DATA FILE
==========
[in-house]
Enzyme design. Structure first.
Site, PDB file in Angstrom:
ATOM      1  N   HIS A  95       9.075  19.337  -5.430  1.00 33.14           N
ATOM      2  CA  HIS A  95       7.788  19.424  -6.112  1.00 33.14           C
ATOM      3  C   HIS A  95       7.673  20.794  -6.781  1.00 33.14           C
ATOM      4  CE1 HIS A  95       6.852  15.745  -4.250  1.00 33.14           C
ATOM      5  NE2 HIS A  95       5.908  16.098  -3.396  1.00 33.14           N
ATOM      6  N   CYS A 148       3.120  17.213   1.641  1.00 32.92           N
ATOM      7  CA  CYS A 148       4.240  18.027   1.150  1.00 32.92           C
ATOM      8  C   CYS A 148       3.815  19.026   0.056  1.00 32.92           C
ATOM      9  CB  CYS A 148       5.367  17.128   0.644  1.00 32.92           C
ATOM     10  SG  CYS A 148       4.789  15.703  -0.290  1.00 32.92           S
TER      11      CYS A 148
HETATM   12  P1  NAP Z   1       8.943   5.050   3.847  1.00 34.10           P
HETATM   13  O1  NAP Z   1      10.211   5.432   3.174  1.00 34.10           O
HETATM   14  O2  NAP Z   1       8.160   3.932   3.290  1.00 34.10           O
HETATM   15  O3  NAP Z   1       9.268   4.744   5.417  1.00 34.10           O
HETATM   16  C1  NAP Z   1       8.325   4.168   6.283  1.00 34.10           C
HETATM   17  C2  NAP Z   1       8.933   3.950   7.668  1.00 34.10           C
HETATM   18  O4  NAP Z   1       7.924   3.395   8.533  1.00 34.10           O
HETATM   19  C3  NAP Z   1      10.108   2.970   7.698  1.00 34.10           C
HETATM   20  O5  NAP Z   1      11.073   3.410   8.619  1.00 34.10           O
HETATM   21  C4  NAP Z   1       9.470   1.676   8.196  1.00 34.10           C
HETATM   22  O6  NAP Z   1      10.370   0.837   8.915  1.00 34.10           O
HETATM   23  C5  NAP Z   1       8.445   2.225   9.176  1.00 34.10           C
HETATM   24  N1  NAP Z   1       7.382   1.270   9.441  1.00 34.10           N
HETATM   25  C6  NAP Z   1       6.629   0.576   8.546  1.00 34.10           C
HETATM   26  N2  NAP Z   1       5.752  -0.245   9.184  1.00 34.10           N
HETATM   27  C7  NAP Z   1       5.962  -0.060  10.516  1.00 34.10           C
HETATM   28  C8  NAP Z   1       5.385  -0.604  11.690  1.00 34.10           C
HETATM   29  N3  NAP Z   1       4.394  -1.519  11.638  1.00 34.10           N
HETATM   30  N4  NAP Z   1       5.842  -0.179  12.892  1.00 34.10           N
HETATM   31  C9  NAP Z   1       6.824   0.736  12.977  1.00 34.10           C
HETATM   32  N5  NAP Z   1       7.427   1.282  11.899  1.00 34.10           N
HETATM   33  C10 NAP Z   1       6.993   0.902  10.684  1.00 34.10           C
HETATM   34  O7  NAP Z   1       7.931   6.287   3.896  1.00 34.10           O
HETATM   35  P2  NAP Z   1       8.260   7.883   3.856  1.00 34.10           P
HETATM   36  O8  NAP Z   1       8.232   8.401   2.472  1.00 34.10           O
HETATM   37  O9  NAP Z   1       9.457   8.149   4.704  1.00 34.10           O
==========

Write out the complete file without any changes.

[in-house]
Enzyme design. Structure first.
Site, PDB file in Angstrom:
ATOM      1  N   HIS A  95       9.075  19.337  -5.430  1.00 33.14           N
ATOM      2  CA  HIS A  95       7.788  19.424  -6.112  1.00 33.14           C
ATOM      3  C   HIS A  95       7.673  20.794  -6.781  1.00 33.14           C
ATOM      4  CE1 HIS A  95       6.852  15.745  -4.250  1.00 33.14           C
ATOM      5  NE2 HIS A  95       5.908  16.098  -3.396  1.00 33.14           N
ATOM      6  N   CYS A 148       3.120  17.213   1.641  1.00 32.92           N
ATOM      7  CA  CYS A 148       4.240  18.027   1.150  1.00 32.92           C
ATOM      8  C   CYS A 148       3.815  19.026   0.056  1.00 32.92           C
ATOM      9  CB  CYS A 148       5.367  17.128   0.644  1.00 32.92           C
ATOM     10  SG  CYS A 148       4.789  15.703  -0.290  1.00 32.92           S
TER      11      CYS A 148
HETATM   12  P1  NAP Z   1       8.943   5.050   3.847  1.00 34.10           P
HETATM   13  O1  NAP Z   1      10.211   5.432   3.174  1.00 34.10           O
HETATM   14  O2  NAP Z   1       8.160   3.932   3.290  1.00 34.10           O
HETATM   15  O3  NAP Z   1       9.268   4.744   5.417  1.00 34.10           O
HETATM   16  C1  NAP Z   1       8.325   4.168   6.283  1.00 34.10           C
HETATM   17  C2  NAP Z   1       8.933   3.950   7.668  1.00 34.10           C
HETATM   18  O4  NAP Z   1       7.924   3.395   8.533  1.00 34.10           O
HETATM   19  C3  NAP Z   1      10.108   2.970   7.698  1.00 34.10           C
HETATM   20  O5  NAP Z   1      11.073   3.410   8.619  1.00 34.10           O
HETATM   21  C4  NAP Z   1       9.470   1.676   8.196  1.00 34.10           C
HETATM   22  O6  NAP Z   1      10.370   0.837   8.915  1.00 34.10           O
HETATM   23  C5  NAP Z   1       8.445   2.225   9.176  1.00 34.10           C
HETATM   24  N1  NAP Z   1       7.382   1.270   9.441  1.00 34.10           N
HETATM   25  C6  NAP Z   1       6.629   0.576   8.546  1.00 34.10           C
HETATM   26  N2  NAP Z   1       5.752  -0.245   9.184  1.00 34.10           N
HETATM   27  C7  NAP Z   1       5.962  -0.060  10.516  1.00 34.10           C
HETATM   28  C8  NAP Z   1       5.385  -0.604  11.690  1.00 34.10           C
HETATM   29  N3  NAP Z   1       4.394  -1.519  11.638  1.00 34.10           N
HETATM   30  N4  NAP Z   1       5.842  -0.179  12.892  1.00 34.10           N
HETATM   31  C9  NAP Z   1       6.824   0.736  12.977  1.00 34.10           C
HETATM   32  N5  NAP Z   1       7.427   1.282  11.899  1.00 34.10           N
HETATM   33  C10 NAP Z   1       6.993   0.902  10.684  1.00 34.10           C
HETATM   34  O7  NAP Z   1       7.931   6.287   3.896  1.00 34.10           O
HETATM   35  P2  NAP Z   1       8.260   7.883   3.856  1.00 34.10           P
HETATM   36  O8  NAP Z   1       8.232   8.401   2.472  1.00 34.10           O
HETATM   37  O9  NAP Z   1       9.457   8.149   4.704  1.00 34.10           O